A quick note on the camera, despite the fact that I'm still firmly of the belief that no one in their right mind should take pictures with their tablet. If you disagree (or are not in your right mind) you'll be happy with the Infinity's 8-megapixel rear shooter. It's the same camera I tested on the Transformer Pad — much better in low light than most tablets, and quite nearly usable in good lighting, but still a long way behind even a bad point-and-shoot. The camera app is fast whether you're shooting 1080p video or the 8-megapixel stills, and there's surprisingly little shutter lag. But seriously: don't take pictures with your tablet. You'll look ridiculous, and in most situations so will the pictures.
There's a 25Wh battery inside the Transformer Pad Infinity, plus another 19Wh in the keyboard dock. The two pieces together lasted me a solid six days of regular use — tweeting periodically throughout the day, watching a good chunk of the third season of The West Wing, doing some work every once in a while, and streaming lots of music. Without the dock connected, I got about three and a half days from the Infinity. The dock's battery drains first when they're connected, and it actually charges the tablet — you just drop the tablet in when it's dead, and since I left the dock plugged in most of the time I've never once had to charge the tablet itself.
A great tablet, but it can't compete with the iPad's apps
Charging $499 for your tablet is a dangerous move. If the Transformer Pad Infinity cost less than the iPad, or included the dock in the $499 price, it could be really compelling — the screen and build quality are phenomenal, and even though Jelly Bean didn't solve all its performance problems this is certainly one of the most capable and powerful Android tablets I've tested. It's a better tablet than the Acer A700, which has the same 1920 x 1200 screen but a much more bland design, and the Infinity is certainly better than the Samsung Galaxy Note 10.1. If the Infinity could match, say, the $379 price of the Transformer Pad, I'd be sold — though I'd still give the Sony Xperia Tablet S and its universal remote capabilities a long look.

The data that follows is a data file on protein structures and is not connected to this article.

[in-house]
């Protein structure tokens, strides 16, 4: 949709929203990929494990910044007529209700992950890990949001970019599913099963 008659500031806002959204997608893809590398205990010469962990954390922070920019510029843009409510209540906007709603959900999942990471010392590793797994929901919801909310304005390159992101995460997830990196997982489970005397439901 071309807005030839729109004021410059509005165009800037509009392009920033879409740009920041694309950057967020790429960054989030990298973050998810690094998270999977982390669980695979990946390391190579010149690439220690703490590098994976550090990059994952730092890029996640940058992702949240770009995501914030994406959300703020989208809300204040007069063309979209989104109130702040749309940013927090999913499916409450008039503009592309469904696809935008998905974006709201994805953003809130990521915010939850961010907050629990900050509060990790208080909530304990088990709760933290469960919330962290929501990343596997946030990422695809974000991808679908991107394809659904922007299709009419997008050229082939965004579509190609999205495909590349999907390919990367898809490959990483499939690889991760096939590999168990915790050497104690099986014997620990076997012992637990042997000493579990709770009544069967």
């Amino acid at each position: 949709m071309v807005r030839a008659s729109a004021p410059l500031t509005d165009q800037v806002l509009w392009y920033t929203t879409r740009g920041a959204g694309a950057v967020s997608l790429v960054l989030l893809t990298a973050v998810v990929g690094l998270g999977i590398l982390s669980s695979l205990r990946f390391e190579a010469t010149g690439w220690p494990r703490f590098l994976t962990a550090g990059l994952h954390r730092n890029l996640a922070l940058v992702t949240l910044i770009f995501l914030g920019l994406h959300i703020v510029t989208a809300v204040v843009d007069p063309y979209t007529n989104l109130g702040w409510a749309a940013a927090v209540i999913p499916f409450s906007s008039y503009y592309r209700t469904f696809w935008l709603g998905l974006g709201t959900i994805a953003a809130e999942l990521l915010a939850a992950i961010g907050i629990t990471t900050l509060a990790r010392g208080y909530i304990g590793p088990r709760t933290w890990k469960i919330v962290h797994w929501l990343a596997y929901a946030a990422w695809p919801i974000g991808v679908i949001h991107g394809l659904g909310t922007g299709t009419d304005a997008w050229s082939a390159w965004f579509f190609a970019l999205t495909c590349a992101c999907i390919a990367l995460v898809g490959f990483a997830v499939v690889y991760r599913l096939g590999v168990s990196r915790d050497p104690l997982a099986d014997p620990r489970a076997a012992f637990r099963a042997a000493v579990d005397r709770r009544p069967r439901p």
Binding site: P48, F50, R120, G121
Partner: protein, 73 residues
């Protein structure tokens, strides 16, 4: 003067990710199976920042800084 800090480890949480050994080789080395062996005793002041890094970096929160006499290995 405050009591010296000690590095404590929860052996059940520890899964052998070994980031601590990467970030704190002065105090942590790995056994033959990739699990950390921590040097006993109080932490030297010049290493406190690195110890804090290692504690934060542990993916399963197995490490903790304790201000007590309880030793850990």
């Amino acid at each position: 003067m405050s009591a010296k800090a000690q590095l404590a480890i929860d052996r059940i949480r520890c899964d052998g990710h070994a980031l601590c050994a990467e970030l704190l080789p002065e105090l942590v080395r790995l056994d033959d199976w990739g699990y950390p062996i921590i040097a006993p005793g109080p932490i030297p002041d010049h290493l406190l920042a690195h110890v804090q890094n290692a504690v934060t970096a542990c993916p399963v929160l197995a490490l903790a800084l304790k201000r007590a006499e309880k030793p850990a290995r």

But for the price, it's really hard to recommend anything over the iPad. The iPad's screen is at least as good, and its app selection absolutely laps Android's. It's also just faster, and smoother; apparently it takes more than just an Android 4.1 upgrade to fix what's wrong with the Infinity. No, there's no equivalent dock for Apple's tablet, but it's not a perfect complement to Android. For all the Transformer Pad Infinity does right, your $500 is better spent on an iPad. On the flip side, you might be better off pocketing $300 of that cash and buying a Nexus 7 — it's still the smoothest and most usable Android tablet out there, even if its screen can't measure up to the Infinity.
If you want one device that's both a tablet and a laptop, I'd wait a few weeks to see what Windows 8 has in store. From what I've seen, there are a few convertible devices that might have a chance to replace your two devices — one's even called a Transformer.
More times than not, the Verge score is based on the average of the subscores below. However, since this is a non-weighted average, we reserve the right to tweak the overall score if we feel it doesn't reflect our overall assessment and price of the product. Read more about how we test and rate products.
- Design 9
- Display 9
- Camera(s) 7
- Speakers 5
- Performance 8
- Software 8
- Battery life 9
- Ecosystem 6
- Dock 7